In support of equal rights in marriage for ALL

Portal of the Church of Pilgrims, in Washingto...
Portal of the Church of Pilgrims, in Washington, DC, with a LGBT banner. (Photo credit: Wikipedia)

This is an account of an argument I made when I was 18/19. I was still breaking with my home culture, so please be forgiving.

The first time happened in 1994. It was an exercise for class – a mini debate to demonstrate use of logos, pathos and ethos for my persuasive writing class. The assignment: pro or con same sex marriage. To me it was a non-issue. I’d only met two gay people at that point. One did untold damage to my neighborhood and family. The other, a mentor at one of those don’t-use-drug love-ins popular in the late 90s, came out to our entire group. He hugged me later – I was the only person who did not immediately withdraw from him. I didn’t care if it was pro or con; while at the time still a Bible-believing Christian, I’d already found the Bible pretty useless as much more than a doorstop in most real life situations. I was already struggling to reconcile the meaning of bacon.

It gave me an excuse to hit the library – always a favorite visit for me – and what I turned up suggested that modern information once again unplugged the cultural concepts enforced in my home. This was when the first research on sexual orientation as a neurological condition surfaced. Being gay was something people were born with, it looked like. Within my then Christian understanding of science and God as hand-holding buddies, that meant God MADE them gay. So God wanted gay people. I also turned up the tidbit about how animal populations have homosexual partnerings that increase when overpopulation happens. It looked to me like one of nature’s rare kindnessness: still joy, just no kiddies.

No matter how I dug, I could find no quanitative information on how gay people hurt society or hurt marriage. At the time, the AIDS epidemic was still a chilling crisis. It had also become clear that it was not just a disease for gay people and while its origins were vague, it was something that destroyed everyone who came within its fluid grasp – it was not just a scourge of the homosexual.

I thought of the images of the gay men with cut out butt flaps running around San Francisco. While crass, when I thought about it critically – if they removed the disease risks, they weren’t harming anyone. It didn’t occur to me until years later that my health teacher was issuing propaganda from the same emotional cloth that spun both anti Soviet and anti drug propaganda. He was aiming to induce disgust – not to help us look at these sexual behaviors critically and scientifically, to understand how we fit into this natural system of kinks quiet and loud.

The path my mind took, upon considering these realities and my own pathos masquerading as ethos at the time, was this:

God is nature.

God made gay people.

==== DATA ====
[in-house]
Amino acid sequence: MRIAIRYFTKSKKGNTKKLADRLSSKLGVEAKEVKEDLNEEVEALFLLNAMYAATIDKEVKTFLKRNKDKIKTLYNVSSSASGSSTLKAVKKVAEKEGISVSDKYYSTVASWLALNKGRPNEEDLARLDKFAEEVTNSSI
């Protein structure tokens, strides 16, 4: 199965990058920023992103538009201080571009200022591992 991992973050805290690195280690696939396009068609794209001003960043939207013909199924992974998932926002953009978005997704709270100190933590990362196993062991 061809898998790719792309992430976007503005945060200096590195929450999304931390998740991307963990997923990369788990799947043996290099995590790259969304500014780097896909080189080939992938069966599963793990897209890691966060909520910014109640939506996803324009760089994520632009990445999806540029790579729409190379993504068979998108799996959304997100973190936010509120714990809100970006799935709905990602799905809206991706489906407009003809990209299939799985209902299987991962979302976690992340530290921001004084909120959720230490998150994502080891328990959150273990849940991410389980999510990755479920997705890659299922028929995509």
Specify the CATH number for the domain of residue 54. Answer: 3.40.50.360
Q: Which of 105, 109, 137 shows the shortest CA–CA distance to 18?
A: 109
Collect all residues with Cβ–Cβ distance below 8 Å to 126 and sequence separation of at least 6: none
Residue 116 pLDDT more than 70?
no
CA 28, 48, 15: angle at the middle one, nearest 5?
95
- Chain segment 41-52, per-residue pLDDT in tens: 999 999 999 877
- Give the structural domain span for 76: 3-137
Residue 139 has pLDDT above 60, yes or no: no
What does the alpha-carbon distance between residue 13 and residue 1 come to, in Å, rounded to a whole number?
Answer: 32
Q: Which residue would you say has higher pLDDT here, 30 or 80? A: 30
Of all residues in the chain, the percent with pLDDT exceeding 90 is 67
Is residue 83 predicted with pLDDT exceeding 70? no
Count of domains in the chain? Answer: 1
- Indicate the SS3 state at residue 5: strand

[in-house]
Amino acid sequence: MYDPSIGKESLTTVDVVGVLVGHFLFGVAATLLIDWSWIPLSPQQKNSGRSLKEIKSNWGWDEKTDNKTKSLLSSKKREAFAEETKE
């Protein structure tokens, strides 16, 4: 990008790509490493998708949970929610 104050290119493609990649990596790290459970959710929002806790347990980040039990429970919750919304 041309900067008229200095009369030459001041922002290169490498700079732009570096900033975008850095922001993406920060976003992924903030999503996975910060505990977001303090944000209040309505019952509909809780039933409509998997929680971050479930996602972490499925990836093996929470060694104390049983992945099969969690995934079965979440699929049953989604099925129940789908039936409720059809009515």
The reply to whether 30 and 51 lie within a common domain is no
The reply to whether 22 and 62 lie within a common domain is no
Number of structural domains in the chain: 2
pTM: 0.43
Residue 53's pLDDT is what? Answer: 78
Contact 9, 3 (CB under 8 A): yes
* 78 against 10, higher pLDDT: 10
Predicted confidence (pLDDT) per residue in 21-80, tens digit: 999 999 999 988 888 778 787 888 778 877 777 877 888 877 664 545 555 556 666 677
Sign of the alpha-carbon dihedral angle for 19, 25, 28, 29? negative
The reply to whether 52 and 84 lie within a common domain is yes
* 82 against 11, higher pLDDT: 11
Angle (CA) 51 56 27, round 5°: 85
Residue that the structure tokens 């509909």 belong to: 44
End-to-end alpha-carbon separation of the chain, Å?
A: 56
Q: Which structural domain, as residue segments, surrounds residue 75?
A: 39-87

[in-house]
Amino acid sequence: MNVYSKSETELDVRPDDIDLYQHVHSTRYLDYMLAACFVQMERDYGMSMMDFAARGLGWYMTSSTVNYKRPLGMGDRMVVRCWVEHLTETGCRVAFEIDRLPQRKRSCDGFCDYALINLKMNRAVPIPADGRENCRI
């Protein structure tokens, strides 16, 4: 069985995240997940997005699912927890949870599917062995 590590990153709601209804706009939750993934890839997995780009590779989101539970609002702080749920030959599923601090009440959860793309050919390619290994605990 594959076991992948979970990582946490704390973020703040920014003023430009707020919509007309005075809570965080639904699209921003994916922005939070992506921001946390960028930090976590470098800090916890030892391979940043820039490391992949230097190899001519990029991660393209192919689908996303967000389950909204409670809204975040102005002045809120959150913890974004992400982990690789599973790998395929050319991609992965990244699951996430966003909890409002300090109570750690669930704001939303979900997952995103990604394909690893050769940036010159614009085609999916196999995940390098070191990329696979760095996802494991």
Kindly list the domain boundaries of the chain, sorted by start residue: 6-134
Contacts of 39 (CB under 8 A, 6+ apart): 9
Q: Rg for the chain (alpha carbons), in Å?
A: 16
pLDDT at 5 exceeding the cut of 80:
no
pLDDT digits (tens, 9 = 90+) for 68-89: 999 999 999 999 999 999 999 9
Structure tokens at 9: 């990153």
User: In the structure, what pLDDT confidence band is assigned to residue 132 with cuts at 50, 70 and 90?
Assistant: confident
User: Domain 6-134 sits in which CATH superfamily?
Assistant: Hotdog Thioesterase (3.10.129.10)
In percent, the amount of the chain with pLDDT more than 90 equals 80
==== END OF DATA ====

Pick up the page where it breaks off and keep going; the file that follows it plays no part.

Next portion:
Homosexuality is natural.

God is also not an asshole. He didn’t make gay people just to be a jerk.

The Bible actually said something pretty explicit in the New Testament about either a)not having sex or b)getting married if you just can’t control yourself.

The AIDs epidemic was (and is) tearing up Africa and did untold damage to people I knew I hadn’t even met yet but was going to.

Gay people should get married, too. If straight people couldn’t supress their sex urges why on earth should gay people have to?

Marriage – increased monogamous unions – might positively contribute to reducing the AIDS epidemic.

When time came to debate, I went up against Brad. We were friendly; neither cared who won. He believed in what he said. I personally wasn’t sure but after all my reading I was starting to persuade myself.

He began. “The Bible says it’s wrong.”

I rebutted, “The Bible says marriage is a substandard option.” I proceeded to enumerate my research.

Brad threw up his hands and laughed. “That’s all I’ve got.”

The debate came to an end.

More lessons came later. A slew of friends from high school coming out to me as bi or gay – and no one with a pamphlet on how to be supportive about it. Boyfriends unable to face their own bisexuality and blaming me for not, through femininity alone, reaffirming their manhood. The first woman to openly make a move on me. BDSM. Non-monogamy. Me still straight, mostly vanilla and celebrating all of it while reassuring friends that I loved their weirdness, their queerness, their non-binary-ness and that my choosing not to partake most of the time was not a rejection. The party house on Byron Street in Mankato where all the queers and freaks hung out and the night they beat the crap out of the homophobic bros that crashed the party. Eventually becoming, when it came to all the sexuality in the world, fearless.

My arguments are quite a bit different now – after all, I haven’t been a 19 year old semi-conservative Christian girl in a very long time.  Now it’s simply this:

Gay people are people. They deserve full human rights. That includes the right to marry, the right to divorce, the right to recognition and honor from the military when they lose a partner. They’ve been part of humanity all along – and they deserve to be.